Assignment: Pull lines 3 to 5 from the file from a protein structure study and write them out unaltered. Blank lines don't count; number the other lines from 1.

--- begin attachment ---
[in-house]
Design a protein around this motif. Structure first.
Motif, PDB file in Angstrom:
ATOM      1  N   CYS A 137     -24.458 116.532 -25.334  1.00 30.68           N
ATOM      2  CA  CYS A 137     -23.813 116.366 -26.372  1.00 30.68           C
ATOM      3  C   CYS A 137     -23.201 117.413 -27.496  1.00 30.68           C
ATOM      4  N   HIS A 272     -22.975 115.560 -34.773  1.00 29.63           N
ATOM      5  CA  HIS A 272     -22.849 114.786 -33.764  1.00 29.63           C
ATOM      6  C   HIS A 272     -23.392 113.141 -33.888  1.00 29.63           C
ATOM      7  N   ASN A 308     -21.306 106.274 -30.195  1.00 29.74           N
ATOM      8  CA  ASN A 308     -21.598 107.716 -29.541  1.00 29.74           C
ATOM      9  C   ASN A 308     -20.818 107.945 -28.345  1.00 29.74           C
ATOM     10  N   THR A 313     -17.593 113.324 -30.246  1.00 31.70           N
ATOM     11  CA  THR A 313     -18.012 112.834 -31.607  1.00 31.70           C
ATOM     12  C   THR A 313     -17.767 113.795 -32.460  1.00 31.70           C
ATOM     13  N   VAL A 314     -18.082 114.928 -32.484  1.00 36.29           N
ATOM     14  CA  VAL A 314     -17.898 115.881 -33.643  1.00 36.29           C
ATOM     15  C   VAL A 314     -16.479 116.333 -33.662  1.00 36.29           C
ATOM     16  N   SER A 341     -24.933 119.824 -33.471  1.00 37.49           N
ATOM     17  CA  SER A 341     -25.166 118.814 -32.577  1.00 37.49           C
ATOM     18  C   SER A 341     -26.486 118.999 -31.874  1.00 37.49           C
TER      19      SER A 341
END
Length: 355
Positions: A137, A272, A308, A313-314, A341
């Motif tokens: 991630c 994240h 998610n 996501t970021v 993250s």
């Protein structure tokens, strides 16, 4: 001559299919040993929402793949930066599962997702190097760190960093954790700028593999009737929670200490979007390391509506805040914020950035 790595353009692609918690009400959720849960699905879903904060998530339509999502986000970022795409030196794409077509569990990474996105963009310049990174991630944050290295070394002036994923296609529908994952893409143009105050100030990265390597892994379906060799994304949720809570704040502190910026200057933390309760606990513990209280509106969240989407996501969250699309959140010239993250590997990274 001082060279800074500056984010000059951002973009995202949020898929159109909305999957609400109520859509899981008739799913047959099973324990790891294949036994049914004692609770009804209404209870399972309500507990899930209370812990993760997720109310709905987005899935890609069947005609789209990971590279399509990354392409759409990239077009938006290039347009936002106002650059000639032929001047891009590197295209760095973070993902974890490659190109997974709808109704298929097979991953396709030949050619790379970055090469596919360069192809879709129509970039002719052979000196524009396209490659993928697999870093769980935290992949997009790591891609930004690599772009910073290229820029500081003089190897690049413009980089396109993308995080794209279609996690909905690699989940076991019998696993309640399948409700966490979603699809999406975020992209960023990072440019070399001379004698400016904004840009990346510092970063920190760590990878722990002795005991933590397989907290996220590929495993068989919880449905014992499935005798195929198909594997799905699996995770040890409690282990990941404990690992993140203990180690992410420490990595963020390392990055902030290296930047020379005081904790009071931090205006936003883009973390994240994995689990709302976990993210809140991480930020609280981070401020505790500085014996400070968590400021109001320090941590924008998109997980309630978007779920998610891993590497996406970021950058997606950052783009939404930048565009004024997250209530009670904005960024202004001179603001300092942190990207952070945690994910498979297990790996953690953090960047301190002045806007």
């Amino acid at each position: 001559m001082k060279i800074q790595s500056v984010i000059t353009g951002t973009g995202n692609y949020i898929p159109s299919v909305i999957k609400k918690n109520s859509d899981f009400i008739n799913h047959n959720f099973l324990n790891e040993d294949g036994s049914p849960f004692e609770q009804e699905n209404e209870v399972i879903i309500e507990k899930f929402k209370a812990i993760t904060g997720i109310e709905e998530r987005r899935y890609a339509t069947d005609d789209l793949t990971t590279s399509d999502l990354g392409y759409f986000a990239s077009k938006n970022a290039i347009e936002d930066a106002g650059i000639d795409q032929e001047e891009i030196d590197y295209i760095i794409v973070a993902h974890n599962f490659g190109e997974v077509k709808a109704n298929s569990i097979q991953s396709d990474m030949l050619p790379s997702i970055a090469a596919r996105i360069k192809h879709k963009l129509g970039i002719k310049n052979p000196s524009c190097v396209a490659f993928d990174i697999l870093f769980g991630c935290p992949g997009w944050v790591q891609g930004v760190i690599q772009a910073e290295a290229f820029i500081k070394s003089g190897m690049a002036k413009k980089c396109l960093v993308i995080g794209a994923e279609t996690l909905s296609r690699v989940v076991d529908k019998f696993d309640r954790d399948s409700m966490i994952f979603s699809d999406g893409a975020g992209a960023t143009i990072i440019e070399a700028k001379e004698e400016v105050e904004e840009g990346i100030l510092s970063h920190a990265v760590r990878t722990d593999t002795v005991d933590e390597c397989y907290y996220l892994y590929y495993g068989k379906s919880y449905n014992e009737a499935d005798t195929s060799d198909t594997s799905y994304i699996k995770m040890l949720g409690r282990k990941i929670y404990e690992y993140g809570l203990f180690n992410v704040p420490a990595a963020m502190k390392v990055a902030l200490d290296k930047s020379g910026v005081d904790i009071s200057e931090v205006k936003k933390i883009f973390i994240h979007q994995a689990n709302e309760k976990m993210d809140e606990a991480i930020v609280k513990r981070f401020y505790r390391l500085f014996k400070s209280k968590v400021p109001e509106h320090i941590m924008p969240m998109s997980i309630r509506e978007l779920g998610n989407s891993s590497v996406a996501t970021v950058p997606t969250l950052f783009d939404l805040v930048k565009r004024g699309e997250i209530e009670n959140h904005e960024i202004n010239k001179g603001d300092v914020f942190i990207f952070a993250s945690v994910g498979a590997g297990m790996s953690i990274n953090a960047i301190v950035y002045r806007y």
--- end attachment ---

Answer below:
Motif, PDB file in Angstrom:
ATOM      1  N   CYS A 137     -24.458 116.532 -25.334  1.00 30.68           N
ATOM      2  CA  CYS A 137     -23.813 116.366 -26.372  1.00 30.68           C